There are really only a few things that scientists can truly say for sure will help us look good and stay healthy: Don’t smoke. Don’t drink too much. Eat lots of fruits and vegetables. Watch your weight. Exercise. And get a good amount of sleep. That’s pretty much it. The rest is noise.

Don't just take my word for it. Timothy Caulfield, author of the book Is Gwyneth Paltrow Wrong About Everything?, spent several years looking into the science (or, more typically, the lack thereof) behind celebrity health and beauty tips to better understand the impact famous folks have on us. Generally these health and beauty tips, he found, have zero science behind them. I'd recommend reading his book to understand exactly how celebrity health culture works — and why it's so harmful.

5) Expensive creams and potions won't make you more beautiful

beauty cream

(Dmytro Zinkevych/Shutterstock)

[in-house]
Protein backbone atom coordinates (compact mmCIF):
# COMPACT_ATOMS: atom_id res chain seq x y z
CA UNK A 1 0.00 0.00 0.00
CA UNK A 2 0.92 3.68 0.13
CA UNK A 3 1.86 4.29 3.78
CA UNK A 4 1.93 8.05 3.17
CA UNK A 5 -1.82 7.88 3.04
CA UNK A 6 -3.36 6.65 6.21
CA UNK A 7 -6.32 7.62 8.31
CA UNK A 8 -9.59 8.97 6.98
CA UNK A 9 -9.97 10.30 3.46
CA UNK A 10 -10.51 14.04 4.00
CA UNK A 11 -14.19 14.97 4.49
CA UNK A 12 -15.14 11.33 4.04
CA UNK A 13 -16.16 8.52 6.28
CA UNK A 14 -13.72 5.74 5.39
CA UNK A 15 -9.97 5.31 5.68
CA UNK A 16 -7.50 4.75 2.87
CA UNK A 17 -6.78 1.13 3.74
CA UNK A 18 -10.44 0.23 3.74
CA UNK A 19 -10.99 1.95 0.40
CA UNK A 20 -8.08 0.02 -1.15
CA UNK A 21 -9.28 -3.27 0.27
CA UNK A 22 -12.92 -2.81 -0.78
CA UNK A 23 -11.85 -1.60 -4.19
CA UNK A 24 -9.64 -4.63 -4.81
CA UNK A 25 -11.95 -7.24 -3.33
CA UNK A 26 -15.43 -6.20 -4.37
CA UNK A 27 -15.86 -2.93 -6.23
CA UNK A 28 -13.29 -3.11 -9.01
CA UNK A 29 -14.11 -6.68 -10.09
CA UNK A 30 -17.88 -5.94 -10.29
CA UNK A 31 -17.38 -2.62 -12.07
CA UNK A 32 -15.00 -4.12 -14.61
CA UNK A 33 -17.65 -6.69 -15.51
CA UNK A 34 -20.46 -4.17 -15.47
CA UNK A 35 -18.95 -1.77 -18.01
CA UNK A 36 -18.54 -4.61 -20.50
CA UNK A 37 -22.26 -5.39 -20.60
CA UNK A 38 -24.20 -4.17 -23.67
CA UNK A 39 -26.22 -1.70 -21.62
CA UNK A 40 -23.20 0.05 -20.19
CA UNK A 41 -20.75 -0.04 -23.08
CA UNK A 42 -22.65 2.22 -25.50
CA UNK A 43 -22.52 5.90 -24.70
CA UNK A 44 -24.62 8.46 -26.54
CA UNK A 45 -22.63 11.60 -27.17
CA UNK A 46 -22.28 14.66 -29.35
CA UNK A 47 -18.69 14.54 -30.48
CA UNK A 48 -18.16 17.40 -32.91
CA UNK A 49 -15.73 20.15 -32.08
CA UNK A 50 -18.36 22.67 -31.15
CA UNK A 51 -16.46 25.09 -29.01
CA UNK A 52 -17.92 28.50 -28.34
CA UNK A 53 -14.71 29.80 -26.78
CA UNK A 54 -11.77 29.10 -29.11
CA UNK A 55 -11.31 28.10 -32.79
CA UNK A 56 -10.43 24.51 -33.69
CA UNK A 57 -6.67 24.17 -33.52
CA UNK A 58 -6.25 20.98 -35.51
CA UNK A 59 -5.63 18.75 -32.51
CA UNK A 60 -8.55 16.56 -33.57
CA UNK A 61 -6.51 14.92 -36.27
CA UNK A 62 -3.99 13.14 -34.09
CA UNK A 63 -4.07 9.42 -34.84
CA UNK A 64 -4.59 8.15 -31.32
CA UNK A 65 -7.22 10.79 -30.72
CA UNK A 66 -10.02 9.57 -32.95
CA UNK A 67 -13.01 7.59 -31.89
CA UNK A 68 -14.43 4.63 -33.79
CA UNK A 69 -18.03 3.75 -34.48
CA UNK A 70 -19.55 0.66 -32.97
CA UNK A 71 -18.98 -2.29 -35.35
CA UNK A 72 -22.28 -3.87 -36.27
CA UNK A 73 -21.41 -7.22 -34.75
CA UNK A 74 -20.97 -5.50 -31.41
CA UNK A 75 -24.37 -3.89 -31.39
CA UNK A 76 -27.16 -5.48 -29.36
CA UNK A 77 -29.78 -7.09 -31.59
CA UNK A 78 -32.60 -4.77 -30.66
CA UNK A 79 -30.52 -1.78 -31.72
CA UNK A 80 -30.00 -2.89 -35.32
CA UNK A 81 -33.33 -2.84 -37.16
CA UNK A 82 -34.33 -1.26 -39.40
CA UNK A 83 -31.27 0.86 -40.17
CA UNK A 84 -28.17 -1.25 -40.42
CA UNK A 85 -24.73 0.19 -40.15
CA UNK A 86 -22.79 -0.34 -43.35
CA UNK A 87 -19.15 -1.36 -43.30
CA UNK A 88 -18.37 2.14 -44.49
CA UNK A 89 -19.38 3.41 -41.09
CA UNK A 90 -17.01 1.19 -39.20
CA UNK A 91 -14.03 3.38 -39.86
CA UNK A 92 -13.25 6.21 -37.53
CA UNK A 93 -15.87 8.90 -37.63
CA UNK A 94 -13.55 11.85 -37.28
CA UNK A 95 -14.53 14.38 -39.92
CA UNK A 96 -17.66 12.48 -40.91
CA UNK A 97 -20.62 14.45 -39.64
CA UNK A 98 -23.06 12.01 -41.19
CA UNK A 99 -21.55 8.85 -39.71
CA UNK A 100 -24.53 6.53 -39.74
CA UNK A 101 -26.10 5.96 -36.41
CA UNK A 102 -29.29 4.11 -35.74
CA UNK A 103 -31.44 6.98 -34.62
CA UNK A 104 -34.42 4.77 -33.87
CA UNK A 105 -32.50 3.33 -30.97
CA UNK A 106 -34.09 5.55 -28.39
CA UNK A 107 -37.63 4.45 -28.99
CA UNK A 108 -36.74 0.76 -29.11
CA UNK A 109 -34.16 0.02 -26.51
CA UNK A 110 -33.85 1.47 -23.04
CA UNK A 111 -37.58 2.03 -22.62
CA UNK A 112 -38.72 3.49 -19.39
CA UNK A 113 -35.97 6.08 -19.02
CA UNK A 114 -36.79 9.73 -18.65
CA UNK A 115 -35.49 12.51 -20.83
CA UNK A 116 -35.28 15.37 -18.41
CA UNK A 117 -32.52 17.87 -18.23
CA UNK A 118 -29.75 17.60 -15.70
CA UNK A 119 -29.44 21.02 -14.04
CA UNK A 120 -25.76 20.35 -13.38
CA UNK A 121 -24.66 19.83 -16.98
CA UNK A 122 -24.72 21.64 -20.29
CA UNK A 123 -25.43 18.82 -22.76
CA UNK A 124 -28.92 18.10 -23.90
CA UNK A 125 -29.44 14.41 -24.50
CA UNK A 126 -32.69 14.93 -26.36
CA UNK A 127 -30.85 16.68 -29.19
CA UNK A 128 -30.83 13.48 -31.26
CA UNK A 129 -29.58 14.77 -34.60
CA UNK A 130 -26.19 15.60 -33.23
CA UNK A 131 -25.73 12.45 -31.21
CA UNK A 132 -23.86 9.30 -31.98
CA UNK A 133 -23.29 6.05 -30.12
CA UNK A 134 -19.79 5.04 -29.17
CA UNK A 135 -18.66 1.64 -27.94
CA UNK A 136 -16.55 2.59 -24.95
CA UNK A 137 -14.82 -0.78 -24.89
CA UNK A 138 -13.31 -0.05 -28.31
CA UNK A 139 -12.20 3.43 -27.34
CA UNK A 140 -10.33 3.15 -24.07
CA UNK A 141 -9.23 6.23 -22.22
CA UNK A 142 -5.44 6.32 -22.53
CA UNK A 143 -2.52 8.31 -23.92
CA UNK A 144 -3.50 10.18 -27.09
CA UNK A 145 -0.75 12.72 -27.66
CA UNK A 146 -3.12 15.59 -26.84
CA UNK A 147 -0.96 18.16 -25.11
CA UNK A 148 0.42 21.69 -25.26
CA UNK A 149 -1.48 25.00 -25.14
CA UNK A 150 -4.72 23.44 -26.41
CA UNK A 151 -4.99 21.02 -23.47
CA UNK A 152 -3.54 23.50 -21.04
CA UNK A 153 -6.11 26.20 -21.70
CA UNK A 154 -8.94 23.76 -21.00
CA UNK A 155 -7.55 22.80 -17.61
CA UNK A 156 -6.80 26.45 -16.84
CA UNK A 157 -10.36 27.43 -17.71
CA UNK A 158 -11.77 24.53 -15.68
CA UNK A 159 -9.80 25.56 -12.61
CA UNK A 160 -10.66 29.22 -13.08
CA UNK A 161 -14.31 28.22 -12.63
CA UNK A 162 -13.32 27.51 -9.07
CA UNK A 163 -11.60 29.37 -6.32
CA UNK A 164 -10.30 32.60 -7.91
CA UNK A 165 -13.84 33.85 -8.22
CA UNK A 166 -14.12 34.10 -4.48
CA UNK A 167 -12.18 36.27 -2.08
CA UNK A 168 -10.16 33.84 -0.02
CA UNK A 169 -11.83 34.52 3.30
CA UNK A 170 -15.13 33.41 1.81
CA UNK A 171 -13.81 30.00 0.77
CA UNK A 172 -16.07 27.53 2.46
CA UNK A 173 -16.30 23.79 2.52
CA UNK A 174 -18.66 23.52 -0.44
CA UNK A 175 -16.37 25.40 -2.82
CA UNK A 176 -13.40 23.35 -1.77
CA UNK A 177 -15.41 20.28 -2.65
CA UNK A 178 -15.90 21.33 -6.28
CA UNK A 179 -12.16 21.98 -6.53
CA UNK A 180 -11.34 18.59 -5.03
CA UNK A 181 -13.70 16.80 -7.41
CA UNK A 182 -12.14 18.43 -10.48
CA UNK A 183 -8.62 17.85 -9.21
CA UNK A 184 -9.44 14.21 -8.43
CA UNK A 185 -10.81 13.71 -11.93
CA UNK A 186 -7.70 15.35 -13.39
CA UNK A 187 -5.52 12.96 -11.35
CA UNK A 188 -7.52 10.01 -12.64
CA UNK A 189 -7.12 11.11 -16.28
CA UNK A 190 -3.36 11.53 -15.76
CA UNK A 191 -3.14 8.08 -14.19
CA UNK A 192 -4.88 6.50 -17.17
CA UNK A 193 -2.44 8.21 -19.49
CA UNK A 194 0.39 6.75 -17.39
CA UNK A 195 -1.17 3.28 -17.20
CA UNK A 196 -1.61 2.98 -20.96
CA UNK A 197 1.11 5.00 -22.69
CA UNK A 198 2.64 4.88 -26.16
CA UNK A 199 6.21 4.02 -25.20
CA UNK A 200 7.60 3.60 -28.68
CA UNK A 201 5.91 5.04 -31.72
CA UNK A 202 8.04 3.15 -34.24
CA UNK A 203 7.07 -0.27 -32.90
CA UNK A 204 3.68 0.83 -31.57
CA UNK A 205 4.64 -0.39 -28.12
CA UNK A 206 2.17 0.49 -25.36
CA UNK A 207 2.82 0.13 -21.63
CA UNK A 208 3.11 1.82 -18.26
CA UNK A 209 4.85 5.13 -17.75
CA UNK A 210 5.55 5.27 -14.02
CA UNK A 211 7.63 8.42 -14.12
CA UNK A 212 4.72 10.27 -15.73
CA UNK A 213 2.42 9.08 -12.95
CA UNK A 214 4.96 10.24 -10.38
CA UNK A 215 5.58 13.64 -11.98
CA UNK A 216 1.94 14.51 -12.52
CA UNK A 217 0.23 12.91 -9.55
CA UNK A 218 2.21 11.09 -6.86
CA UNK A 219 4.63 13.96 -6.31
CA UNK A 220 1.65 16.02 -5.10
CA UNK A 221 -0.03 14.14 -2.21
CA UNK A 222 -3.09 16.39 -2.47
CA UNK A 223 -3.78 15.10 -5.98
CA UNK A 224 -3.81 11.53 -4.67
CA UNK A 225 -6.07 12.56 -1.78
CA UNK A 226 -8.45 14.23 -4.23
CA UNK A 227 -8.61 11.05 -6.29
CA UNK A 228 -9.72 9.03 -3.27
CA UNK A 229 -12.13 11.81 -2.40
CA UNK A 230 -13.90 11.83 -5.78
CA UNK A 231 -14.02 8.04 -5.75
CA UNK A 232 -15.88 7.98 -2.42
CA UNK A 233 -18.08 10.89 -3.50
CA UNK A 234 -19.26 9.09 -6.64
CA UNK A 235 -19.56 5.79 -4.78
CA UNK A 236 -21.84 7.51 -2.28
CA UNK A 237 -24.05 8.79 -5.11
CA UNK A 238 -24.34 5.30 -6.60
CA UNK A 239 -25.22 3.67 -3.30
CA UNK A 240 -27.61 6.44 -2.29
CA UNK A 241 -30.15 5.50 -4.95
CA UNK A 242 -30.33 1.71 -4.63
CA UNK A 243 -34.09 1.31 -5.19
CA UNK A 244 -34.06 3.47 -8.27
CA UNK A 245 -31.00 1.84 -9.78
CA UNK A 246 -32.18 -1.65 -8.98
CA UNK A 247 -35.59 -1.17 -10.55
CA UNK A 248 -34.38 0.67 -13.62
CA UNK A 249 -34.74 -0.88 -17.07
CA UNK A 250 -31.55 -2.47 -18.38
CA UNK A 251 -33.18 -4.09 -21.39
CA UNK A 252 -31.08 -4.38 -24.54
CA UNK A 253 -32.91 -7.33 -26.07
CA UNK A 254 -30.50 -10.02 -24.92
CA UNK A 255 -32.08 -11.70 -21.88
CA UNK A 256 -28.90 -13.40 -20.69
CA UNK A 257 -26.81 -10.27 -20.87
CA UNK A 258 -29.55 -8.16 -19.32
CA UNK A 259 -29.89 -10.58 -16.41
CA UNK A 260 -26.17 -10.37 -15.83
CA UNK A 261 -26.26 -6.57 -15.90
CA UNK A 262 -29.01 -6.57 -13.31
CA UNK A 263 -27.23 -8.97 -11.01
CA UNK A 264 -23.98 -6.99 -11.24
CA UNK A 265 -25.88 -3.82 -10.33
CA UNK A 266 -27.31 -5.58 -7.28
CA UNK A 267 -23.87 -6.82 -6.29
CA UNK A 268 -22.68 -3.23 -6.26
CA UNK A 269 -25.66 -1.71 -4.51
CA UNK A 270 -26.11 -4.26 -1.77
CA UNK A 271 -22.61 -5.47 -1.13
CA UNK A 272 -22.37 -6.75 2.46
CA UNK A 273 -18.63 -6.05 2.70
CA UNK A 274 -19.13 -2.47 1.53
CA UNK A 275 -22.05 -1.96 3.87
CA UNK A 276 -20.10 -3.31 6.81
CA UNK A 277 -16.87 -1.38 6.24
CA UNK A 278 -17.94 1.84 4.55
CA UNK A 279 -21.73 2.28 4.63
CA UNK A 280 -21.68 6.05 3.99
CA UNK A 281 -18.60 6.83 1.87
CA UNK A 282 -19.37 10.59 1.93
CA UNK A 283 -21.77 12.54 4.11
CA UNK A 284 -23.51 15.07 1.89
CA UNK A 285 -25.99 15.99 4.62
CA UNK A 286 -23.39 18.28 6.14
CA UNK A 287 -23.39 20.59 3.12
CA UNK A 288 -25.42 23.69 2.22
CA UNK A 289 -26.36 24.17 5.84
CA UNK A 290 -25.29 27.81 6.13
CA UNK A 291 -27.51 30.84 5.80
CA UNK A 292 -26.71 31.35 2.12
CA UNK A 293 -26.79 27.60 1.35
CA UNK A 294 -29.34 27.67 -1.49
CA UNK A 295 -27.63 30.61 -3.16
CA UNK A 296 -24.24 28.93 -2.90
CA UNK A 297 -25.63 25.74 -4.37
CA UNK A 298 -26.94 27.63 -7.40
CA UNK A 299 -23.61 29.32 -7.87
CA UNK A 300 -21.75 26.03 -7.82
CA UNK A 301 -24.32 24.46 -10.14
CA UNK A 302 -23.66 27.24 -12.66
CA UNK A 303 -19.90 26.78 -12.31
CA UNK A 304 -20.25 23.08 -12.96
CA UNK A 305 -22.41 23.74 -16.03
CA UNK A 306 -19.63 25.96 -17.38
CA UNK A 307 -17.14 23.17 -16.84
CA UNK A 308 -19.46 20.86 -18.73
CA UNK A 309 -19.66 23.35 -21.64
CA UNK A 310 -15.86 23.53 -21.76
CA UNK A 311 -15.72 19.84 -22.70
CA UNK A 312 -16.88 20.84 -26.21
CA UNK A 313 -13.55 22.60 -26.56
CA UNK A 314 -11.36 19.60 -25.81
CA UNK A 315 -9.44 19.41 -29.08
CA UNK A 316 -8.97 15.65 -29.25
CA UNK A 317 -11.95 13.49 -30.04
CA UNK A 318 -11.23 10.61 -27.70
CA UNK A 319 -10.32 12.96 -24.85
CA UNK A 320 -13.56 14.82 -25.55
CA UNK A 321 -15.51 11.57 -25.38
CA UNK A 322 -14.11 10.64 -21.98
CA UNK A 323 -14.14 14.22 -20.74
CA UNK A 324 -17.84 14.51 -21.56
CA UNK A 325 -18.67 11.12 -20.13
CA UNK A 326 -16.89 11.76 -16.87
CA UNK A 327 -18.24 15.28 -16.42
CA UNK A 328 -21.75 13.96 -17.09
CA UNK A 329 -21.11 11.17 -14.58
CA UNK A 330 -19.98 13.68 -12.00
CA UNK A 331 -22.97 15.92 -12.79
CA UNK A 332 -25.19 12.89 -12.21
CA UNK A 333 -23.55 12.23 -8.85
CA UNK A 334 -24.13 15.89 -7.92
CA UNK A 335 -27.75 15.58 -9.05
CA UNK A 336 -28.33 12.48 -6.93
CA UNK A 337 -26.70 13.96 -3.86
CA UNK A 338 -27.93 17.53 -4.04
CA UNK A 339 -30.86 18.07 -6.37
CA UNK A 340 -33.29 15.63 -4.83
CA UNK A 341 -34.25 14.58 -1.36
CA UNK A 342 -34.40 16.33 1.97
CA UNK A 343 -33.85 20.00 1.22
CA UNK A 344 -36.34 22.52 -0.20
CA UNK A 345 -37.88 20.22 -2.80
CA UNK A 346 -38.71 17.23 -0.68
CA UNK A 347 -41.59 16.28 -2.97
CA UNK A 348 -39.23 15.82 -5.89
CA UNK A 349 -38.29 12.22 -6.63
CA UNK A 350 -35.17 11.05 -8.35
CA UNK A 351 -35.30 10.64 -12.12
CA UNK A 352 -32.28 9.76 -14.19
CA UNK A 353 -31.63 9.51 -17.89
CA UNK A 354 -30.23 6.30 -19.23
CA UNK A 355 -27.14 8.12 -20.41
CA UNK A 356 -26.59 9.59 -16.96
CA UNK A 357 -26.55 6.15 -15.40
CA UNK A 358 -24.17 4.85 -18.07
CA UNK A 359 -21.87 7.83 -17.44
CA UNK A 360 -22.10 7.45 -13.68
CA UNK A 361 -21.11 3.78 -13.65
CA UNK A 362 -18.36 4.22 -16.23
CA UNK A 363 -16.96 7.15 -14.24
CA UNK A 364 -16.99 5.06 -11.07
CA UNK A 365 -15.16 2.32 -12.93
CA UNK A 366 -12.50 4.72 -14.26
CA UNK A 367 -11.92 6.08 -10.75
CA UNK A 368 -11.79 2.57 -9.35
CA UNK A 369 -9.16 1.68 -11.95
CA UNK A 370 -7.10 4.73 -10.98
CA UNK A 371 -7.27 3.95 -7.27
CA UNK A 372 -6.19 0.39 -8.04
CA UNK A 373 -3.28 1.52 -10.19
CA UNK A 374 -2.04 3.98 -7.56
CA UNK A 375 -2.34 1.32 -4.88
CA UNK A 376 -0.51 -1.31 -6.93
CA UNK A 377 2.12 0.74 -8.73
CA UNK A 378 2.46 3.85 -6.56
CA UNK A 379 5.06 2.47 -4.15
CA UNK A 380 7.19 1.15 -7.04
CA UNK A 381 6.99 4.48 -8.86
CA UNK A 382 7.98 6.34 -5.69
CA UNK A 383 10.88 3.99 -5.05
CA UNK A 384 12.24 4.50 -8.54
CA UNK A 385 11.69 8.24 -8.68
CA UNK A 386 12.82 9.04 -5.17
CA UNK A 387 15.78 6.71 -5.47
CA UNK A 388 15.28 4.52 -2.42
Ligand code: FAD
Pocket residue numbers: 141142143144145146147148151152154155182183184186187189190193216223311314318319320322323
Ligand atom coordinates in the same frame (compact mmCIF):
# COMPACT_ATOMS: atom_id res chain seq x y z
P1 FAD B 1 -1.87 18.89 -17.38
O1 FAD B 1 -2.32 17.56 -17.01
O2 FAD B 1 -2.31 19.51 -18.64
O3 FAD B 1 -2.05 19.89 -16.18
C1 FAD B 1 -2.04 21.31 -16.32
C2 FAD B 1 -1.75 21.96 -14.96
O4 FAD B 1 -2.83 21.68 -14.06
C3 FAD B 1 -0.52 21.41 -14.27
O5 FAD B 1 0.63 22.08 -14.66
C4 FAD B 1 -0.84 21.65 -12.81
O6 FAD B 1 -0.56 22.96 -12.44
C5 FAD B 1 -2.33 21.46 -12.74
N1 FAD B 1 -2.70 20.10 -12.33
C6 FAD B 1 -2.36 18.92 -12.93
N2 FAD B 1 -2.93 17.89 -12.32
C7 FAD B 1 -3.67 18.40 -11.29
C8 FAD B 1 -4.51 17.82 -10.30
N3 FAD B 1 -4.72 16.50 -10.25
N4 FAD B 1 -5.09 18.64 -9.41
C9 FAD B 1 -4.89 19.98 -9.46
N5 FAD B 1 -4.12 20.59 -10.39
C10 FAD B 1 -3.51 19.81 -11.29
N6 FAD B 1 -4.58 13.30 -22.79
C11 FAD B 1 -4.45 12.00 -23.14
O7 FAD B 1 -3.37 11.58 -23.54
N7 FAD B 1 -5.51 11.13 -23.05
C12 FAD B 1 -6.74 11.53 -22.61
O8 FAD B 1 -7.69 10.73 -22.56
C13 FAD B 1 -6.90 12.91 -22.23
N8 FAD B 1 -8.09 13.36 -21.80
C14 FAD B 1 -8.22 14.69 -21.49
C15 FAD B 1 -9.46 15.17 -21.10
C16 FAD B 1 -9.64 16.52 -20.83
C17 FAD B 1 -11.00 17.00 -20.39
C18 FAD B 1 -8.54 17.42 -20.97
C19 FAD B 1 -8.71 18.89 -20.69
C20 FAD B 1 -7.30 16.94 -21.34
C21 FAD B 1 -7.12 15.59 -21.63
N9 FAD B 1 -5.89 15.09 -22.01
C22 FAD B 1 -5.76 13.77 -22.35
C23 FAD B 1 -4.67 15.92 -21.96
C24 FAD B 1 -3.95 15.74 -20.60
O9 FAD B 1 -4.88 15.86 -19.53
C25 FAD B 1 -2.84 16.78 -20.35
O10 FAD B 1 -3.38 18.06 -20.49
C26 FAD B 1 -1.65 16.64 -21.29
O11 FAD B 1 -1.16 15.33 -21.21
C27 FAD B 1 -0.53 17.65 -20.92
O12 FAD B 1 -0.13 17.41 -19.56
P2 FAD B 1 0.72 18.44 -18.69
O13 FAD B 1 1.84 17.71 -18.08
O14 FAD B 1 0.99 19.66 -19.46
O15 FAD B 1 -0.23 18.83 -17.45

In his book, Caulfield also looked into the science behind beauty products. What he discovered was astonishing and should make you think twice before you believe what you read in the next fashion magazine you pick up, or buy into expensive lotions and creams that promise to keep you wrinkle- or pimple-free. He found that most of the dermatologists in this field were not independent scientists but business people who profited off the thriving industry. He found that many beauty products had either no data behind them or very small and unreliable studies to back up the fantastical claims they carried on their labels. In the Atlantic, he writes:

To make matters worse, the popular press is rarely critical of new beauty products. While I found many excellent and balanced media stories on beauty treatments (usually panning them), the vast majority of articles simply trumpet their alleged value, using vague descriptors such as revitalize and radiate. Rarely did I find any real evidence or expertise beyond personal testimonies (which I don’t need to remind you are not evidence). The so-called experts who are quoted in these stories are often part of the beauty industry or individuals with no research background.

Many women buy beauty products — which are much more expensive than similar products made for men — not for any rational reason, but because they make us feel better or more beautiful. They're highlighted every month in periodicals aimed at women, like the $1,900 La Mer face cream Allure magazine suggested is something people must try before they die.